WHO'S FIRST GEN
Out of about 7.3 million undergrads at 4-year colleges, 20% identify as first-generation. That means 1 in 5 students will be the first in their family to get a bachelor’s degree. And that number is higher for women and nonwhite students.
Everyone struggles to adjust to college, but it’s even harder if your parents haven’t been through the process before. Being first in your family to go to college is like being an explorer. There is no trail to follow, no legacy to live up to. You are it — the brave soul venturing into uncharted territory.
Just Google “first-generation college” and you’ll find many articles detailing the struggle. (It’s real.) Many schools have student organizations founded by other first-gen students to help ease the transition.
Everyone agrees on one thing: as a first-gen student, you must fiercely pursue answers to your questions. Be a relentless beast, hungry for guidance. Go to your professors’ office hours. Camp out at the financial aid office (don’t actually camp out, but you get it). Join study and support groups. Demand what you need, and don’t ever doubt your right to have it.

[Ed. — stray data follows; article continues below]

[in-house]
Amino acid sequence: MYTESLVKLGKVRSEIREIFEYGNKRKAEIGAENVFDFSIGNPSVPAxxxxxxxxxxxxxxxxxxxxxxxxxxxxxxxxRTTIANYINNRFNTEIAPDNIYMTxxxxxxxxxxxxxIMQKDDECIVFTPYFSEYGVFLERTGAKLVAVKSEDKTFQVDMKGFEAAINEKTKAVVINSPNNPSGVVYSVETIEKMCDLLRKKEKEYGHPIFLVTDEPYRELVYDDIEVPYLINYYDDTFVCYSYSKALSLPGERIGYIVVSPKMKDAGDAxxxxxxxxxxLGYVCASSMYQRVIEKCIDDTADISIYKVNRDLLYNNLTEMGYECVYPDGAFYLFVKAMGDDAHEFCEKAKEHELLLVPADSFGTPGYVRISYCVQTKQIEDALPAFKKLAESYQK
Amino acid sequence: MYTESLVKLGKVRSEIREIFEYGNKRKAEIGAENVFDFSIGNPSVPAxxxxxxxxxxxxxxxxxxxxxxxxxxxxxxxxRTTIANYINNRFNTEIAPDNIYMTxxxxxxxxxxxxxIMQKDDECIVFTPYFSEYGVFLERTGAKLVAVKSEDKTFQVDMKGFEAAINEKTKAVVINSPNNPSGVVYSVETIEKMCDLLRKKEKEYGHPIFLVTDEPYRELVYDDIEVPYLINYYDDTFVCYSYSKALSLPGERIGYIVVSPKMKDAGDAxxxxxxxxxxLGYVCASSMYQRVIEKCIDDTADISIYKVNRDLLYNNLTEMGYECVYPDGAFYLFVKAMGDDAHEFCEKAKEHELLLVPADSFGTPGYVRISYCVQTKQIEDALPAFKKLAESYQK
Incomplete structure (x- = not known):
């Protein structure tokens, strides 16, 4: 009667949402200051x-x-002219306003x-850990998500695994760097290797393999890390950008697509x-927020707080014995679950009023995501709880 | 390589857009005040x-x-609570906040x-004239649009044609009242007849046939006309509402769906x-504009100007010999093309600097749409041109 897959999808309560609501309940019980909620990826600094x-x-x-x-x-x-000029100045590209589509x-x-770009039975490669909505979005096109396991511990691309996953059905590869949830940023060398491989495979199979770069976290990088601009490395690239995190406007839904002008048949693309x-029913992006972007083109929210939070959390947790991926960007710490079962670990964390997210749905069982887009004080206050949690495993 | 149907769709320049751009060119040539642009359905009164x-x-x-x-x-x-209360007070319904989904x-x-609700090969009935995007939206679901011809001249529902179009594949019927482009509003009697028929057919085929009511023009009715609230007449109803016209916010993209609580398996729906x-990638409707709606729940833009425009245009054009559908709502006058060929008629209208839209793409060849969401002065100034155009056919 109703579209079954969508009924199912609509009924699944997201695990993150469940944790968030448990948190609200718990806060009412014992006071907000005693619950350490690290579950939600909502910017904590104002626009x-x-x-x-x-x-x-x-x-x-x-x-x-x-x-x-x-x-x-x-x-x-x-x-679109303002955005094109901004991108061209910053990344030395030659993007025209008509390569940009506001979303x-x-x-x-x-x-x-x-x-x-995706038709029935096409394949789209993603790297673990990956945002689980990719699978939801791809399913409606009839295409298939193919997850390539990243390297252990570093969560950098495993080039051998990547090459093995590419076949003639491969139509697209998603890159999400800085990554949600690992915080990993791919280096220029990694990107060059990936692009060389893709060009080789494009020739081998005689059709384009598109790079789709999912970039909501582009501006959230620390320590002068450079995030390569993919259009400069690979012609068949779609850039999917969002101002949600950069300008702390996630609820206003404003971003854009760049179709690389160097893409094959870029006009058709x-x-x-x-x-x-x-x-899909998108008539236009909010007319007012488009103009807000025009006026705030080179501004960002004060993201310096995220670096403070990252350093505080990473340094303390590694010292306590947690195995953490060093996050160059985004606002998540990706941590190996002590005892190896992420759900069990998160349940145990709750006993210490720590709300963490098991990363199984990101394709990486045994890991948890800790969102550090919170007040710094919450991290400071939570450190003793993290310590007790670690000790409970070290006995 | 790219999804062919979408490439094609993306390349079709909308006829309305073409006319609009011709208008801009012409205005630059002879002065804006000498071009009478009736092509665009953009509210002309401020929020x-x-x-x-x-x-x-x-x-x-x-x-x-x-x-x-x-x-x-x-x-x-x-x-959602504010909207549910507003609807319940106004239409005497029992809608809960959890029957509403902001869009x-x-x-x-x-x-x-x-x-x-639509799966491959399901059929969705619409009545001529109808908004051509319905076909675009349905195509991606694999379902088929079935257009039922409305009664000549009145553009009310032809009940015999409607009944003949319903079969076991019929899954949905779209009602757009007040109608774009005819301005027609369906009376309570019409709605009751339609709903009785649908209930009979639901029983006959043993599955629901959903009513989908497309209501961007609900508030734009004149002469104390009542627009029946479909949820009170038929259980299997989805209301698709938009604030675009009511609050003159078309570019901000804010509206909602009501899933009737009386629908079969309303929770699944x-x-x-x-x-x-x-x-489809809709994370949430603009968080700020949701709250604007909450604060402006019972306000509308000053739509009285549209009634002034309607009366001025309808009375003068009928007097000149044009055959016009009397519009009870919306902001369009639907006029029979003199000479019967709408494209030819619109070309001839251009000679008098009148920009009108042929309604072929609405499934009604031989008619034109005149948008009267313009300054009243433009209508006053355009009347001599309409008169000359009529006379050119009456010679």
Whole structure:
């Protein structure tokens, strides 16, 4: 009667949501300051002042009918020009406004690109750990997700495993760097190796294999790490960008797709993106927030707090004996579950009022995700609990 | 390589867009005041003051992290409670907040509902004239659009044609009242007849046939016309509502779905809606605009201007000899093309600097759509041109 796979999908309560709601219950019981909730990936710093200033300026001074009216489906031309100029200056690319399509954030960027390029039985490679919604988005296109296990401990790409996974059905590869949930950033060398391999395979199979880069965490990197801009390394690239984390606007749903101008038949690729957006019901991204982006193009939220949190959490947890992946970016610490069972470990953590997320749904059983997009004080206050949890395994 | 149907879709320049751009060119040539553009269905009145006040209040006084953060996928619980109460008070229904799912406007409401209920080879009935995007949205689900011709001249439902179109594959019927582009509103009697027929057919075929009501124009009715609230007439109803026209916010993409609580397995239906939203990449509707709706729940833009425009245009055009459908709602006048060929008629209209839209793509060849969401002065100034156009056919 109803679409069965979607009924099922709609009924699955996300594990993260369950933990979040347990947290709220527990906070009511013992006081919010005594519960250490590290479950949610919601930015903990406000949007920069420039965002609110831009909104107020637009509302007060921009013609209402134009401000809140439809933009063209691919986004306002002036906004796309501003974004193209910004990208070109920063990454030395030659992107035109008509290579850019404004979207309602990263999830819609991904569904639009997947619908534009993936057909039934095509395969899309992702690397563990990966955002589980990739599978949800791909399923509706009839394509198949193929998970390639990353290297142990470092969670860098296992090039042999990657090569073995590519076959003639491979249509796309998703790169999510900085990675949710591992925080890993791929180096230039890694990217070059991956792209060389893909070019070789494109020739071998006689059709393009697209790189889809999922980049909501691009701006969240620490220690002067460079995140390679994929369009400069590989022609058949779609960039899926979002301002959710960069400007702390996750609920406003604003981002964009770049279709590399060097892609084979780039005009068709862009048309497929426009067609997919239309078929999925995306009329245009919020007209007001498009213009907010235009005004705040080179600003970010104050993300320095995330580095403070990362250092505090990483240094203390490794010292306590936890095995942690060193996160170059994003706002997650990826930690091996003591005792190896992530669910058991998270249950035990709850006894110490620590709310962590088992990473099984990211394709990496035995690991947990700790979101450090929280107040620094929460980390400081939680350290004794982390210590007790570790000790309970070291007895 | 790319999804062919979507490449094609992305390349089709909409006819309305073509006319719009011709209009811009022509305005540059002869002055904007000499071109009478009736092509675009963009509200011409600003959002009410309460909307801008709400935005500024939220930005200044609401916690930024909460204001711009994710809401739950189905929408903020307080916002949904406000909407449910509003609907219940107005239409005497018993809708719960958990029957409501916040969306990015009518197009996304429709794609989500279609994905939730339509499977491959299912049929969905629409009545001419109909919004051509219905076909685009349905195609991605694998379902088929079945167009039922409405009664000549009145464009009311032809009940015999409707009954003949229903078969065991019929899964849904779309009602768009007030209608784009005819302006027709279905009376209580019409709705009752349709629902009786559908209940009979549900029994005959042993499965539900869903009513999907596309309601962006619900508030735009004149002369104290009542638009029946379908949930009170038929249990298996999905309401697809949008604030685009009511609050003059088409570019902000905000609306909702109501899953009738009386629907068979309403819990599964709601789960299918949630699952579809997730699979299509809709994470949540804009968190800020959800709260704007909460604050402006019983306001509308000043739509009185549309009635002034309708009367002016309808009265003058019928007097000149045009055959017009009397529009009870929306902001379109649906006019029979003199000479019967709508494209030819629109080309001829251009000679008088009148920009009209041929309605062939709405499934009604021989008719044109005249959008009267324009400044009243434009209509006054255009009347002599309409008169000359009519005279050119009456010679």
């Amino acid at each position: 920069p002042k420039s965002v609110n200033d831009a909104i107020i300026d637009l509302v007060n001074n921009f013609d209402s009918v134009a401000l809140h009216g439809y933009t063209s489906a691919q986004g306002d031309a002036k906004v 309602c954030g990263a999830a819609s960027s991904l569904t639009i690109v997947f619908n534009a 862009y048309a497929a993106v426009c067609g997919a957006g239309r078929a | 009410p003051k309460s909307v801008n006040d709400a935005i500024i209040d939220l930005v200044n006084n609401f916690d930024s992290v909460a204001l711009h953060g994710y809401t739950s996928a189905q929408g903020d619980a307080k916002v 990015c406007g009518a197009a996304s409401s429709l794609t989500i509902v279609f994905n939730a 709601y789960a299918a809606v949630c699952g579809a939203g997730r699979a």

DON'T BE SHY: ASK FOR HELP
Ashley Reece, a first-gen student from Rialto, Calif., doubts she could have graduated from the University of Missouri without the assistance from several programs. The AVID (Advanced Via Individual Determination) college-prep program helped her apply to schools; private community scholarships helped with tuition; and the university financial aid office helped her understand student loans.
“Paying for school was a combination of a lot of methods — whatever needed to work at the time to get that bill paid,” says Reece.
She worked two jobs from her junior year on and graduated with $12,000 in student loans, less than half of the national average, according to the Project on Student Debt.
“There are some people who can come to college, party, drop out, go home, and live off their parents,” she says. “I didn’t have that choice.”
YOU'VE GOT THIS
Far from “disadvantaged,” first-gen students often are self-reliant, community-oriented, persistent and determined — qualities that other students have to work to develop.